it’s not what you feed prior to breeding, but what you do before calving that makes the
next calf crop possible.

“Make sure cows are in good condition,” Hill advises. “I’d say a body condition score (BCS) of five is the bare minimum. Pushing six would be preferable. It would give you a little more latitude.” He adds, “When calves are worth as much as they are right now and with cheaper feeds, the economics are probably in favor of pushing them to a six. If calves are worth less, that incremental gain that you get may not be economically justified.”

If the cow’s BCS has dropped below a five, feeding higher energy 60 to 90 days before calving helps her maintain body condition and allows her to cycle. Hill says, “The body condition score the cow has at calving is critical
because she’s probably going to lose some weight anyway. If you try to feed her to gain weight, she will just
produce more milk. If you don’t have a good BCS at calving, by the time she starts lactating, you can’t make it up.”
Hill gives this advice, “You’ve got to start thinking about it sixty to ninety days prior to calving.”

Steve Blezinger, PhD, PAS (Professional Animal Scientist), ruminant nutritionist and management
consultant, says that both cows and heifers need to be healthy and receiving good feed and minerals. He adds, “Since heifers are still growing, their level of nutrition should be properly matched to age and size. This somewhat higher nutritional plane should continue through pregnancy and postcalving to insure the heifer continues to grow and develop so she reaches a proper mature size.”

However, Blezinger cautions producers to make sure that heifers are not overly fat prior to and at calving. This can lead to increased calving problems including dystocia, a difficult birth that needs assistance.

Rancher Rodney Howell, owner of Lone Star Angus near Gainesville, Texas, likes for his cows and first-calf heifers to carry good flesh. Part of his cattle management strategy includes separating cows by age groups and calving dates so they can be fed for their ages and stages of pregnancy.

Jeff Hill reports that during the third trimester, the cow’s feed intake will drop between 15 to 20 percent due to the size of the fetus. Hill recommends concentrating nutrients to make up for her reduced intake.

Minerals play a vital role in the reproduction cycle. To support the cow post-calving and to prepare for breeding,
she needs calcium, phosphorus, magnesium, copper, selenium and zinc. Blezinger advises, “These, along with all the other required minerals, should be accessible at all times, but for certain, at least 60 days prior to calving and through the breeding season.”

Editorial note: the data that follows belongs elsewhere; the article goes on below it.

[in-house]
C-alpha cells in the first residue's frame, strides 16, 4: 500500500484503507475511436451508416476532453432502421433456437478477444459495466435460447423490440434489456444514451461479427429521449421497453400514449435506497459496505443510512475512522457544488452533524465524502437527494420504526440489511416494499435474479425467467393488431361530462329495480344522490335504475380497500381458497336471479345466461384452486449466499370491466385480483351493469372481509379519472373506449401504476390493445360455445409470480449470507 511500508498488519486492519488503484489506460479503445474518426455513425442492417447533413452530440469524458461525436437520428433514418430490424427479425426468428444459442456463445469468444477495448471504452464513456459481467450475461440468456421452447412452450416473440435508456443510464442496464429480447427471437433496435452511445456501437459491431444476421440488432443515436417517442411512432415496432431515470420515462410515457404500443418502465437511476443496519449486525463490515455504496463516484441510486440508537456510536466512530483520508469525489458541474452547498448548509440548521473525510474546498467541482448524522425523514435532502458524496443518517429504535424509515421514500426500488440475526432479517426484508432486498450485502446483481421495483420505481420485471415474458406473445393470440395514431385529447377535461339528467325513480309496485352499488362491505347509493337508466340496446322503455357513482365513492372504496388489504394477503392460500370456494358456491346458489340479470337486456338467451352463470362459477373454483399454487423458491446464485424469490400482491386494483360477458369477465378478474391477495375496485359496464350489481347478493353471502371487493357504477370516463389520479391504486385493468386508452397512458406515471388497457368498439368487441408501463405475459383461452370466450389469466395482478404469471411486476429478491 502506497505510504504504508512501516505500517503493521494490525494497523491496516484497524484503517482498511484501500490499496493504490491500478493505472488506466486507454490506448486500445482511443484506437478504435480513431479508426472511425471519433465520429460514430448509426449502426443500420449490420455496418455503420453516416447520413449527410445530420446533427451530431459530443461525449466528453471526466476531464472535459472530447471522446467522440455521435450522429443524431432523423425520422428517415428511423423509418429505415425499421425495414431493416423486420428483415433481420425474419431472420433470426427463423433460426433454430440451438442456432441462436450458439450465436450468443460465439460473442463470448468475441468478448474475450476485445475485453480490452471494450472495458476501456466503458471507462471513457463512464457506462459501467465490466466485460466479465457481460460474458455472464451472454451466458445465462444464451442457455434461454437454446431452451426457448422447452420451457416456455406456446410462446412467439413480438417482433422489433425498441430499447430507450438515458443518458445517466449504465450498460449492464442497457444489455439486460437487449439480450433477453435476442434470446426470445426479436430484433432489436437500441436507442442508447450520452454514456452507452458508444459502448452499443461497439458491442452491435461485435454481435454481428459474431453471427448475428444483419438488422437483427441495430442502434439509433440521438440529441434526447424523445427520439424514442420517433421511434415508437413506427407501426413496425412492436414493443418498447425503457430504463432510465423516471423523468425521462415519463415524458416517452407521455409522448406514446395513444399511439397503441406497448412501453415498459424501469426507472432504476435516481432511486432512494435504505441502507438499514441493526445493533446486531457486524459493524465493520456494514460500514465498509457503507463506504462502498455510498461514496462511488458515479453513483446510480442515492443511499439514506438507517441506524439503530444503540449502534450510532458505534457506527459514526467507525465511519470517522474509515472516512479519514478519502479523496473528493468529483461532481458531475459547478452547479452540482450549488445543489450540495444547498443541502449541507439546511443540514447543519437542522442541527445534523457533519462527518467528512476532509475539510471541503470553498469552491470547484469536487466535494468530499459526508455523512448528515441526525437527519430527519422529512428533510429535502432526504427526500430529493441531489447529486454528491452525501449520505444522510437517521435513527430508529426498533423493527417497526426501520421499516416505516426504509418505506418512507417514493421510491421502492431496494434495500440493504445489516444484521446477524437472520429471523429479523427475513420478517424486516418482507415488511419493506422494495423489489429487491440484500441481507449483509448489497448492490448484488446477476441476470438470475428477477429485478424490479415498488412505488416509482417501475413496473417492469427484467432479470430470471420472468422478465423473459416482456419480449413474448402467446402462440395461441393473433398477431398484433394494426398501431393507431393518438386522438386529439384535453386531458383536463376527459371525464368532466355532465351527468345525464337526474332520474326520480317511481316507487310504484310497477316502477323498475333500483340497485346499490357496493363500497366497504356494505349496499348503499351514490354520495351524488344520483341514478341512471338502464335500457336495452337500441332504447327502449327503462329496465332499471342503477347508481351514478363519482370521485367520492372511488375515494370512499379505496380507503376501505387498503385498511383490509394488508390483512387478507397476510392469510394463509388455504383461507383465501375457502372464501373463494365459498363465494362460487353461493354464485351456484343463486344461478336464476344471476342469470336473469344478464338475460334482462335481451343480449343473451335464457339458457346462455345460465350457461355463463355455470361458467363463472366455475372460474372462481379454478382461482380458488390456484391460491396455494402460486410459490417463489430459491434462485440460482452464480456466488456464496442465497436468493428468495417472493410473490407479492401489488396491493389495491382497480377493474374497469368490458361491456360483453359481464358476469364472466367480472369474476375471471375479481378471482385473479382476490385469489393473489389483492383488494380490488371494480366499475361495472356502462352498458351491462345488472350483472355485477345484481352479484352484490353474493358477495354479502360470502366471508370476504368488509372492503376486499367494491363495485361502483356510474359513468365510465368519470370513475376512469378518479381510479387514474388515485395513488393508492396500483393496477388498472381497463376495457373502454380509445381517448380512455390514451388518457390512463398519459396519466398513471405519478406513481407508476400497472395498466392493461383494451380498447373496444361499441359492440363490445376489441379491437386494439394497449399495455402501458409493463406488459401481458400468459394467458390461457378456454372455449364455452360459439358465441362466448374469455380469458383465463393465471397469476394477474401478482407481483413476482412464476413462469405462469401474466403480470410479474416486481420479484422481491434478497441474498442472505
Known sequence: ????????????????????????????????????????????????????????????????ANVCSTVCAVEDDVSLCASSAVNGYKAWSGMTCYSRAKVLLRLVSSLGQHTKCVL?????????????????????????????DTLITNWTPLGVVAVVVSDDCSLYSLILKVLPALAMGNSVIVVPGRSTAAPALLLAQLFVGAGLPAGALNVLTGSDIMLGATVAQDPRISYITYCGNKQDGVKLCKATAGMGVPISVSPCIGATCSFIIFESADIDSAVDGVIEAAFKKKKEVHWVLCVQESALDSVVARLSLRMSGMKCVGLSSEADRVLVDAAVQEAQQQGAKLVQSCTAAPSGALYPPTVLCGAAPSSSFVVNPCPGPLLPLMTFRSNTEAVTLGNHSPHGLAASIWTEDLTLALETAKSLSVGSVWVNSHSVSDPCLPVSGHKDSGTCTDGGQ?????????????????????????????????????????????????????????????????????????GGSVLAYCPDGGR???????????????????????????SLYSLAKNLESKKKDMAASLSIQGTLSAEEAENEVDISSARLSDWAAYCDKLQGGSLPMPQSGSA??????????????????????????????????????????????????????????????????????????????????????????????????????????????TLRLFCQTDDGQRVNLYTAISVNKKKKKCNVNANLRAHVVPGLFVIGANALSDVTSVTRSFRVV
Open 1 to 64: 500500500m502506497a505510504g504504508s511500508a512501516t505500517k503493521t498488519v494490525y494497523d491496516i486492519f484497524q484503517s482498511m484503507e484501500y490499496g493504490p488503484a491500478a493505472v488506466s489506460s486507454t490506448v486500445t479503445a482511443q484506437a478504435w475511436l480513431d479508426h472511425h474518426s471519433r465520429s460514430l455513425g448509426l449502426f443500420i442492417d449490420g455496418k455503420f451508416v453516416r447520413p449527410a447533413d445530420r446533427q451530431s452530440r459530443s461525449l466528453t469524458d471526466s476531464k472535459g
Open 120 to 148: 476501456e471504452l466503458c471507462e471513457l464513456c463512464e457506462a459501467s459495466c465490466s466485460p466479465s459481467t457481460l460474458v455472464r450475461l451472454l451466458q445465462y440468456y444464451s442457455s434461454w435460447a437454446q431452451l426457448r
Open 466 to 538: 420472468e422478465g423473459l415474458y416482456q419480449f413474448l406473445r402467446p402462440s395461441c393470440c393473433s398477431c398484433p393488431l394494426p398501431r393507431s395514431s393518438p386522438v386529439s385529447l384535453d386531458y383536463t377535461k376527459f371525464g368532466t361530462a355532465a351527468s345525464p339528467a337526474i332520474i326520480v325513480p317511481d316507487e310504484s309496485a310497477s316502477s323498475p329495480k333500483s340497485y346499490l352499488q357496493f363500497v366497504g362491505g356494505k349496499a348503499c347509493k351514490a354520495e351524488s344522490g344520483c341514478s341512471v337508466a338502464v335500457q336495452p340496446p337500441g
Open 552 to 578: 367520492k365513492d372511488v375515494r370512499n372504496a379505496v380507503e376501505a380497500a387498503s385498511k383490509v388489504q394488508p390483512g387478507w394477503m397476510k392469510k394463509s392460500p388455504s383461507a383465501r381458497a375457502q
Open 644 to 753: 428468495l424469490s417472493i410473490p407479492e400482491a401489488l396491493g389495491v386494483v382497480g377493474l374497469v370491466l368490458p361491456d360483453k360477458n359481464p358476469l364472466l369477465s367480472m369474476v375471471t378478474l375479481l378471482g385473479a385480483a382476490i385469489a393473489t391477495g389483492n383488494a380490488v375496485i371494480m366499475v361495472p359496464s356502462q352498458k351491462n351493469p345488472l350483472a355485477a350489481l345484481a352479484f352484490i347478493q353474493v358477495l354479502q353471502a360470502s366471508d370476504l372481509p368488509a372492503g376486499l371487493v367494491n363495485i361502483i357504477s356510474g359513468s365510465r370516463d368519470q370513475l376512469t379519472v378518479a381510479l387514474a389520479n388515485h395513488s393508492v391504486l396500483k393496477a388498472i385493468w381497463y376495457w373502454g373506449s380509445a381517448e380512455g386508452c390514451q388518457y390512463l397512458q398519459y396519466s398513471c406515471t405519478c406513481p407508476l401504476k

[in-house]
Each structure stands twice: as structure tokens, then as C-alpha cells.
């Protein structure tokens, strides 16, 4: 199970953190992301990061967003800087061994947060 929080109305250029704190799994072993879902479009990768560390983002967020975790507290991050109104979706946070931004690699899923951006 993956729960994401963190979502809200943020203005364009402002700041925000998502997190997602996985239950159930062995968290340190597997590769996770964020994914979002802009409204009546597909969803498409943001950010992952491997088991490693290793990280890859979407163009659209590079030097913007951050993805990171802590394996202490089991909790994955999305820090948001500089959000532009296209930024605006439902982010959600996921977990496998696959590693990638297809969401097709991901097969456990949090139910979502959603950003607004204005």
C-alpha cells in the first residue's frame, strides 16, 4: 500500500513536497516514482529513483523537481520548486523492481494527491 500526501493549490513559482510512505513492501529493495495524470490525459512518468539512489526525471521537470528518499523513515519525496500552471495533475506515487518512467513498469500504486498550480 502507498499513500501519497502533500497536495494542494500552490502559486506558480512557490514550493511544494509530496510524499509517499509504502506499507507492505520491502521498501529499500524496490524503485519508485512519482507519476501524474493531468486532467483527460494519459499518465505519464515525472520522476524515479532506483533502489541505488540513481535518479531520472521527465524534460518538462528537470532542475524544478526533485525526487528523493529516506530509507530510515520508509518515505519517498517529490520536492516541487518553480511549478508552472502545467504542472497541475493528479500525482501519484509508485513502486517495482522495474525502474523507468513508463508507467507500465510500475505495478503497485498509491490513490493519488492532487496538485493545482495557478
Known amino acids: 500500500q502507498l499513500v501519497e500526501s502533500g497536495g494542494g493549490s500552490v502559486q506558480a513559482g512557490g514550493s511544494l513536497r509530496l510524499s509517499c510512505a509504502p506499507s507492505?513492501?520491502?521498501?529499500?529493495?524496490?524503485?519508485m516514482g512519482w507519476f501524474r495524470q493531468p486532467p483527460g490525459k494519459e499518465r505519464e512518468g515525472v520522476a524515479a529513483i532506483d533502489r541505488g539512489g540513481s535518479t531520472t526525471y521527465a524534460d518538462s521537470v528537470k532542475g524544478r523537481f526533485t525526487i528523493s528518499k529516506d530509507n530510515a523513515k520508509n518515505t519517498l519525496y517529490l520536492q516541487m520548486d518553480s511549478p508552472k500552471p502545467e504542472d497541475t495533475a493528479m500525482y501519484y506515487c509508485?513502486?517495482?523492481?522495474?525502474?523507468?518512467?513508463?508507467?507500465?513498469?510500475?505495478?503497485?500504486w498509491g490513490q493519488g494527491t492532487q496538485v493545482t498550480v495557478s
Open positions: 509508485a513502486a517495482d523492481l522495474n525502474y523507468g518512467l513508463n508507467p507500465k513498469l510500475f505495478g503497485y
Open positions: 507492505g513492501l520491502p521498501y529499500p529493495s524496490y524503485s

Because the microbes in the rumen tend to absorb trace minerals, especially copper, zinc and manganese,
the animal often doesn’t get the amounts needed for healthy body function. Fortunately, treated trace minerals known as chelates can be beneficial. Chelates pass unscathed through the rumen, eventually entering the small intestine where they are absorbed and utilized by the animal.

A new class of minerals now available to the beef industry shows promise for transporting copper, zinc and manganese for the animal’s use. Known as hydroxy forms, they act like chelates because they aren’t absorbed in the
rumen. They have low solubility until they reach a low acid environment, which just happens to occur in the small
intestine, where absorption occurs.

NO BULL

Another piece of the puzzle is the bull. The key to sperm production is a good mineral program, which can be the same one the rest of the herd receives. He needs at least 60 days on minerals before turnout to produce healthy, active sperm. Hill says, “The one trace mineral that relates to spermatogenesis is zinc. Paying attention to a good, available source of zinc would be prudent.”

Like the females, a bull should have a BCS of at least five. Hill reports the bull shouldn’t be overconditioned because
he needs to travel and to be able to breed. To avoid going lame, his feet and legs should be in good condition.

“Bulls should also have been given proper exercise or conditioning prior to joining the herd,” Blezinger advises. “For example, if the bulls are kept in their own pasture or trap prior to breeding season, the pasture should be laid out in such a way as to promote exercise. Providing feed and forage at one location and water at another allows for movement and exercise.”

In addition, a veterinarian should conduct a breeding soundness exam about 30 days prior to the start of the
breeding season to make sure the bull is ready to be turned out.

“I feel like the oversupplementation of trace minerals has the potential to be as negative as undersupplementation,”
Hill shares. “Find that optimal balance. Try to get those minerals in the best form, delivered to the right location [for absorption].”

Blezinger adds, “While we talk about specific minerals that have been shown to be particularly important for reproduction, all minerals are important to the cow and bull’s performance and health. The mineral should be matched to the forage base the herd is on. This means forage testing and matching to the mineral values
shown in the assay. Subsequently this should mean finding an “off the shelf” product that meets the requirements
as closely as possible or, if the herd size is adequate, having a custom mineral formulated. The mineral program
is the basis for a sound nutritional program.”